ART. XVI.-A Concise System of Mechanics, in Theory and Practice ;
with Original and Practical Remarks, Rules, Experiments, Tables, and Calculations, for the use of Practical Men. By James Hay,
Land-Surveyor. Edinburgh: Oliver and Boyd. 1821. It is a task of so great difficulty to combine theoretical and practical instruction, that most of our elementary works of science are rendered next to useless by their imperfections in this respect. The mathematics have especially suffered from this cause, and their importance been rendered doubtful in the eyes of a great many students, by their being suffered to view them apart from the objects of immediate application. The beauty of a theorem is so difficult for the young or uneducated mind to comprehend, that the deliciæ and elegantiæ of mathematics as an intellectual science, give the instructor little power over the minds of his pupils, and the greater part of them, whatever may be his efforts to impress them with a due sense of the value of his instructions, will give up the study as soon as his authority is withdrawn. There are few of our readers it is probable, who cannot remember some memorable instance of this unfortunate termination to a course of mathematics. But when the youthful student has his invention and his eyes and hands employed at the same time; when he has something to do as well as learn, the case becomes changed, and mathematics are pursued with the characteristic liveliness and determination of juvenile activity.
Mr. Hay has made it his particular object in the present publication to unite theory and practice, and assures his readers, that he has employed much both of time and study on his work. We can believe him, and from the style of his publication, we consider that it may be found of considerable use both to the private student, and to the younger members of the university, whose pursuits are frequently not a little facilitated by the writings of men who are neither tutors nor professors.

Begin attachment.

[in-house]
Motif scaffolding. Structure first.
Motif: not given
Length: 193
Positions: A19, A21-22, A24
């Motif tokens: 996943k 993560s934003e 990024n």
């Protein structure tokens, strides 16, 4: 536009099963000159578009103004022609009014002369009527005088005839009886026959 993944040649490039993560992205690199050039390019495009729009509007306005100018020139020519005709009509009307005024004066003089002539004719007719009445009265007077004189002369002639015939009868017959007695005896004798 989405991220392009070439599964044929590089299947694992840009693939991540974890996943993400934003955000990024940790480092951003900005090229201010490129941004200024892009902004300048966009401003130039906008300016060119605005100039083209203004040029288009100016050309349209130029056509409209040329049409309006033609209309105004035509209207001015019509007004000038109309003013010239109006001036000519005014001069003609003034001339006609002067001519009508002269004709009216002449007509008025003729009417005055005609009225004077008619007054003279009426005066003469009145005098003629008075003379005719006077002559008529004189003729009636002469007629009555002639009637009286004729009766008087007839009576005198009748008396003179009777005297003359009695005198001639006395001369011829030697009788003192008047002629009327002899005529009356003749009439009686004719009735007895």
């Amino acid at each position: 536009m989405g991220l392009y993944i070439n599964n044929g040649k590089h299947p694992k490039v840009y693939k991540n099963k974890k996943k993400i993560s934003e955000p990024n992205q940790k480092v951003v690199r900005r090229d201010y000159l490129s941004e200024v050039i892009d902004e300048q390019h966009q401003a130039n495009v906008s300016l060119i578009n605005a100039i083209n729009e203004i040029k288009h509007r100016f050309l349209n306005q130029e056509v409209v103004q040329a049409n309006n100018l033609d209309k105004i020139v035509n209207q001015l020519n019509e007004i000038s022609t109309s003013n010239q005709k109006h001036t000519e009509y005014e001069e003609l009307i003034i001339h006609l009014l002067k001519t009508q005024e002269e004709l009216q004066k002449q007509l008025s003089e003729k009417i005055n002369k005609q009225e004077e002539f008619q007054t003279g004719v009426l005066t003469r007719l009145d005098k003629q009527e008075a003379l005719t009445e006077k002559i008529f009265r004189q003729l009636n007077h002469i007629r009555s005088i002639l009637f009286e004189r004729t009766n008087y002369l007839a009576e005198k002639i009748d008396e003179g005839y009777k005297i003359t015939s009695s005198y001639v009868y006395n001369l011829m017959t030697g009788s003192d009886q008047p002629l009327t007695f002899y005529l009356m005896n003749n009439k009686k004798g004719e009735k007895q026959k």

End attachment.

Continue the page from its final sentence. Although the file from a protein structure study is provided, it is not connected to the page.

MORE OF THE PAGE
There are some very ingenious remarks interspersed throughout the work. The following on the strength of beams, &c., will show Mr. Hay's manner of treating his subject.
• The lateral strength of beams, posts, or pillars, of any material, are diminished the more they are compressed longitudinally. Because, when they receive the least bend, the longitudinal pressure acts upon that point as a weight to bend it still more, and causes them to break immediately.
Cor. Whence, when the mast of a ship is bent to a certain degree by a strong gale, the tension of the shrouds and stays completes the fracture. Whence also the injudicious practice of making the cast iron pillars that support the galleries of some churches solid instead of hollow cylinders.
So far as I have advanced in the theory of transverse strength and strain, I agree with former writers upon the subject, and also with experi. ments, which have confirmed the above theory.
I now beg leave to depart from the most of former writers upon one part of the theory. It is asserted by eminent authors, that a triangular beam will bear twice as much, or (by some) thrice as much, with the weight or strain placed upon its vertex, as when placed upon its base; and they demonstrate this from the celebrated proposition of Galileo, which is Prop. L. of this book nearly. It is there supposed that the whole of the fibres are torn asunder; and in breaking the whole section of fracture opens, by turning round the point or line in contact with the straining force, as on an immoreable fulcrum or joint.